Facebook offers users the ability to merge their Messenger inbox with Instagram Direct, which allows messages to be sent across platforms.
Users will see a popup when opening the Instagram app notifying them of this update.
"There is a new way to send messages on Instagram," says the popup.
The notice highlights the following advantages of merging the two chat platforms:
- New colorful look for your chats
- Respond with each emoji
- Swipe to reply to messages
- Chat with friends who use Facebook
Before you update, be aware that this will change the entire look and feel of your Instagram direct message inbox.
Instagram Direct will suddenly look more like Facebook Messenger. Even the icon on the top right of the screen is replaced with the Messenger icon.
Those who prefer things as they are will be happy to know that this update is entirely optional.
If you like the classic design of Instagram DMs or you want to keep the two inboxes separate, select the "Not Now" option at the very bottom of the warning.
Users involved in the merging of the two inboxes can choose Update.
This is what the warning looks like:
Note that even if you don't update, you may still receive message requests on Instagram from Facebook accounts.
This seems like the only way to notify Facebook users from Instagram – a Facebook user has to initiate the chat.
This may change in the future, but it is currently not possible to start conversations with Facebook users through Instagram.
In this case, this update seems to be the most useful for Instagram users who are not active on Facebook.
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This gives non-Facebook users the ability to keep in touch with friends and family who prefer to communicate via Messenger.
Now there is no need to compromise on either side. Messenger users can communicate with Instagram users without leaving the platform of their choice.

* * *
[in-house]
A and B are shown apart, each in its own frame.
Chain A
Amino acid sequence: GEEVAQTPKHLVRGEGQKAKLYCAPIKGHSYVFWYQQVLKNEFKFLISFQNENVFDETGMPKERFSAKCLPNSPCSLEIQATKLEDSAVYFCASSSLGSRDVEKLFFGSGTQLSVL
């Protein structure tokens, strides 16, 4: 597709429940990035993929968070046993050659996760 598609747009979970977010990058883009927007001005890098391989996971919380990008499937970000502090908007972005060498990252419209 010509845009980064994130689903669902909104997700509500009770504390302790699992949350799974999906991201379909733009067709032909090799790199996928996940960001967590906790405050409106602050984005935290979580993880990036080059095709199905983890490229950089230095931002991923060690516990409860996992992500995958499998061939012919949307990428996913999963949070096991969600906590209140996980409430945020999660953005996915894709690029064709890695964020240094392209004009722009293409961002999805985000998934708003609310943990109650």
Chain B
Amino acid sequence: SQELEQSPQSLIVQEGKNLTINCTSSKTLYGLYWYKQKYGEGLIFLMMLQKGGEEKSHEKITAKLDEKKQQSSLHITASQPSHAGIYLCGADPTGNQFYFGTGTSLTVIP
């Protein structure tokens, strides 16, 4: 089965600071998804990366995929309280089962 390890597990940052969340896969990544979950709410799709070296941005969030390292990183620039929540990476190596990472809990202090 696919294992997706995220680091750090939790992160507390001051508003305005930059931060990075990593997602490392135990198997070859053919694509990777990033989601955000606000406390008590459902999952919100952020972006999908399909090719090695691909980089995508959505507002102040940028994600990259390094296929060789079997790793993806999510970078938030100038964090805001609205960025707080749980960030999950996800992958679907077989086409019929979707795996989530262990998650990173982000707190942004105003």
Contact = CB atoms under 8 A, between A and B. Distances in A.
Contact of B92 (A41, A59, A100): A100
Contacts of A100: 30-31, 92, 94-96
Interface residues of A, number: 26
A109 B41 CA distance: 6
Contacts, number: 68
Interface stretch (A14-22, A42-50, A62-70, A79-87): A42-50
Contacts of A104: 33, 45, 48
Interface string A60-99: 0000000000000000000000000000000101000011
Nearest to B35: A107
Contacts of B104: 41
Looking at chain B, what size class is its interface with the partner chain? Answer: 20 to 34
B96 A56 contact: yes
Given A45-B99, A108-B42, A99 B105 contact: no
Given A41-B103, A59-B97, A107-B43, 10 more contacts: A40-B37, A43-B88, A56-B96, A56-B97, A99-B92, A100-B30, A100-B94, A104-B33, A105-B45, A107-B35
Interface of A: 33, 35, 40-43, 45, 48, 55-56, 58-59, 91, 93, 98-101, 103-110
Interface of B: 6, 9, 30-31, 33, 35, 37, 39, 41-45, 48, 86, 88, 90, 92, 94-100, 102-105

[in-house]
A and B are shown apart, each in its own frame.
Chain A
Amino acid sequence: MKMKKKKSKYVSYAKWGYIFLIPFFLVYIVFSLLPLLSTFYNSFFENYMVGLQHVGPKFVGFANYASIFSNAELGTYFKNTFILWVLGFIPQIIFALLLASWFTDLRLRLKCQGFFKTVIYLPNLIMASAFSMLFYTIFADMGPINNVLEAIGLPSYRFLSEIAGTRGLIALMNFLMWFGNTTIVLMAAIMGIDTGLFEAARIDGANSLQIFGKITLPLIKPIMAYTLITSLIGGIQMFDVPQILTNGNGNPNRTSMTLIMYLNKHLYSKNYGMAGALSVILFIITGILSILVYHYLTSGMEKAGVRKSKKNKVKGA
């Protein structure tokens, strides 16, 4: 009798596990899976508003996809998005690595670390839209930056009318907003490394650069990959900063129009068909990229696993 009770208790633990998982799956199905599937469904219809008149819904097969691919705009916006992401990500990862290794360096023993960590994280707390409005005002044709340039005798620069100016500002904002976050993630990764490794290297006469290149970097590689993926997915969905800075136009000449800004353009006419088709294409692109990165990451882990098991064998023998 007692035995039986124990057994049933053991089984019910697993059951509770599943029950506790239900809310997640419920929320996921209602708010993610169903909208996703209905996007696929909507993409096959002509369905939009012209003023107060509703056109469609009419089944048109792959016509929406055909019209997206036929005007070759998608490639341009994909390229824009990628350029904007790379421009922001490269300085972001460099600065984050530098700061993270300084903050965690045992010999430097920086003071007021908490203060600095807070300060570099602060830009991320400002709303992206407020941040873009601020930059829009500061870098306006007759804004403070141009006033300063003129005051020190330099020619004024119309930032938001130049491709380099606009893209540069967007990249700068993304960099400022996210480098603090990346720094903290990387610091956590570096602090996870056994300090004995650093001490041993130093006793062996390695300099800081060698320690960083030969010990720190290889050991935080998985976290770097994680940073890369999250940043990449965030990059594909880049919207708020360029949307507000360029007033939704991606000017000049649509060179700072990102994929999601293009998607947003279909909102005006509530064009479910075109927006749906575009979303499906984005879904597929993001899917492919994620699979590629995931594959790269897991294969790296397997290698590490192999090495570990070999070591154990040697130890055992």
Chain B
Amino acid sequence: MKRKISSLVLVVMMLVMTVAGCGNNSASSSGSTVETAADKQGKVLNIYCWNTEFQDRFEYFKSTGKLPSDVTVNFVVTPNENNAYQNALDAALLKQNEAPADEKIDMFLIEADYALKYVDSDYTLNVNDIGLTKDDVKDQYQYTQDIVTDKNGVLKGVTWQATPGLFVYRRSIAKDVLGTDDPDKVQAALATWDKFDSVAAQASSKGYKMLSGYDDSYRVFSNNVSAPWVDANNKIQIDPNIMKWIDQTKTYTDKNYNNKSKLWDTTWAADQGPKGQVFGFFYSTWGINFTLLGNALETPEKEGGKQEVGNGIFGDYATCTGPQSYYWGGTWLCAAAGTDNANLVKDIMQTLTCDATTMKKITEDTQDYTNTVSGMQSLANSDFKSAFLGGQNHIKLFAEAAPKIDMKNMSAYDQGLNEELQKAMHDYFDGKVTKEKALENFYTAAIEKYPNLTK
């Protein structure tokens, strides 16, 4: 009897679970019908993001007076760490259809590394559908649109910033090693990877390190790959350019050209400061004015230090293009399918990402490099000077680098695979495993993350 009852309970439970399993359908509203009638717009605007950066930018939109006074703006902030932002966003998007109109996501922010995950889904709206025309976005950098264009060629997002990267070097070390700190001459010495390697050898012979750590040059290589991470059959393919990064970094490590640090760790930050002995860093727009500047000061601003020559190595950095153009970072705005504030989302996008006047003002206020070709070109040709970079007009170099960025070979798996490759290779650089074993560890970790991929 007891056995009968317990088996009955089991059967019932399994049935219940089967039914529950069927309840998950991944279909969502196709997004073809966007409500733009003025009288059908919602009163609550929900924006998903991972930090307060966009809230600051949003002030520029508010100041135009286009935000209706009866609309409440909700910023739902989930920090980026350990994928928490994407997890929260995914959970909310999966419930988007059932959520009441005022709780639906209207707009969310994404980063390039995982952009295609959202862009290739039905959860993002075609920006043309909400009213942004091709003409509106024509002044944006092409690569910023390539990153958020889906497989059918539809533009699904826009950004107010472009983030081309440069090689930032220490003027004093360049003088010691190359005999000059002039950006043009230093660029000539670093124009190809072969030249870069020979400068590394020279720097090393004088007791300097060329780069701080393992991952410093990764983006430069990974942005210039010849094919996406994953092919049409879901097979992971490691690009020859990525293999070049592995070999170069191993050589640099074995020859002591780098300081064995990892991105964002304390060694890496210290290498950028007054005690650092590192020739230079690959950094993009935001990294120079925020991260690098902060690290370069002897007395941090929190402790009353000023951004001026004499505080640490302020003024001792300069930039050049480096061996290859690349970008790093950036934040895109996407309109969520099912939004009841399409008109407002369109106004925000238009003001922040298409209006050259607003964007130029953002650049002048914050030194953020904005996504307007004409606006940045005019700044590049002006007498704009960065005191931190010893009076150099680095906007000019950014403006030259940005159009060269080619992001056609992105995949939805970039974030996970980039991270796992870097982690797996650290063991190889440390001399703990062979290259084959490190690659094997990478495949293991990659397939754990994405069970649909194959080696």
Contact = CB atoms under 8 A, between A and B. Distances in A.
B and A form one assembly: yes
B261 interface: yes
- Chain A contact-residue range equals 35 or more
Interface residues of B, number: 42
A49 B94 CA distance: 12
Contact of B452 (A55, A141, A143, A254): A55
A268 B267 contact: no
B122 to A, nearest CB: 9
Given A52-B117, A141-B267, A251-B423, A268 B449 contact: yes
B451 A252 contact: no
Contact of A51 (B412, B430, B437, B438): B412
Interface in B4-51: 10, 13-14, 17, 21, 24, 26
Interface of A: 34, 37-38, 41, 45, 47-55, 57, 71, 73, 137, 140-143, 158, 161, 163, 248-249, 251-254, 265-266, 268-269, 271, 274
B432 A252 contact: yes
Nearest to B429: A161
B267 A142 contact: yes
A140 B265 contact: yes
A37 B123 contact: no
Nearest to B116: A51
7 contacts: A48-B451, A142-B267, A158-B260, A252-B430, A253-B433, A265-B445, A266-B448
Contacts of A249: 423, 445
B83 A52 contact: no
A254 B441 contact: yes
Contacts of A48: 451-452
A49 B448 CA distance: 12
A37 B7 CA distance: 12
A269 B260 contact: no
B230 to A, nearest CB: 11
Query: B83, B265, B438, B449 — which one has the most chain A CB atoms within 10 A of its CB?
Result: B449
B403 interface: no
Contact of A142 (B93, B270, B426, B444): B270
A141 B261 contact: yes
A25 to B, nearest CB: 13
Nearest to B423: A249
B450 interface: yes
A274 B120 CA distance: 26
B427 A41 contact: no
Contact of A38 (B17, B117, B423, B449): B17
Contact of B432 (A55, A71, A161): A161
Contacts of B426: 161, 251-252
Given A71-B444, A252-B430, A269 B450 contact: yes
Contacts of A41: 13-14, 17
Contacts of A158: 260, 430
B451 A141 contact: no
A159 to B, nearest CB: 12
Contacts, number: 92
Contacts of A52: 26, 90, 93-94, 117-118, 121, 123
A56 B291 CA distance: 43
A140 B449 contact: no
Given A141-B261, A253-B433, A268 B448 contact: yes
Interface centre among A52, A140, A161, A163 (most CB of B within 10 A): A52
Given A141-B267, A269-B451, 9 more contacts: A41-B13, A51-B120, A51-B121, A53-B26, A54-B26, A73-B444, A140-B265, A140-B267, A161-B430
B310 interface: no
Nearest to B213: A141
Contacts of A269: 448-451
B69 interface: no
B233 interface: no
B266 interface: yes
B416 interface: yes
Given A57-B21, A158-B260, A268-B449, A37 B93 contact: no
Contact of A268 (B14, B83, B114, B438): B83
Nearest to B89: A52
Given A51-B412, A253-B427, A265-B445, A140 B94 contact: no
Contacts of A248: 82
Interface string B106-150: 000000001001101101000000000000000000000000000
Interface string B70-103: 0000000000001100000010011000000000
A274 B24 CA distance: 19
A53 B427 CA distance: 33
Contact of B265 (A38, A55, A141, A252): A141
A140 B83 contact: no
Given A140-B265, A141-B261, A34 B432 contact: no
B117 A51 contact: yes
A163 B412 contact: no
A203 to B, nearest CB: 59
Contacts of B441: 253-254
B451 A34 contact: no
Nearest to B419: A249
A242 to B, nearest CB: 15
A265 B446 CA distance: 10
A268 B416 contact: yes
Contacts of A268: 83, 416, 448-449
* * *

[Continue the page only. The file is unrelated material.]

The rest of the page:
This is an update that has been in the works for well over a year, as Facebook gave the world a heads up on this change back in 2019.
Cross-platform Facebook messaging
We reported back in January 2019 that Facebook was working on merging its messaging products.
According to a Facebook spokesperson:
“(We want to) create the best messaging experiences we can. and people want messages to be quick, easy, reliable, and private.
We're working on making more of our messaging products end-to-end encrypted and we're thinking of ways to make it easier to reach friends and family across networks. "
At that point, Facebook was planning to find a solution by early 2020.
Those plans were derailed by the pandemic, which forced Facebook to focus on live streaming instead.
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The live streaming boom was sparked by COVID-19 lockdowns, which resulted in more time being spent at home on Facebook.
To keep up with the demand for live streaming, Facebook had to pause work on other projects.
Presumably, one of the projects that was put on hold was the merging of messaging platforms.
After successfully improving its live streaming capabilities, Facebook now appears to be picking up where it left off.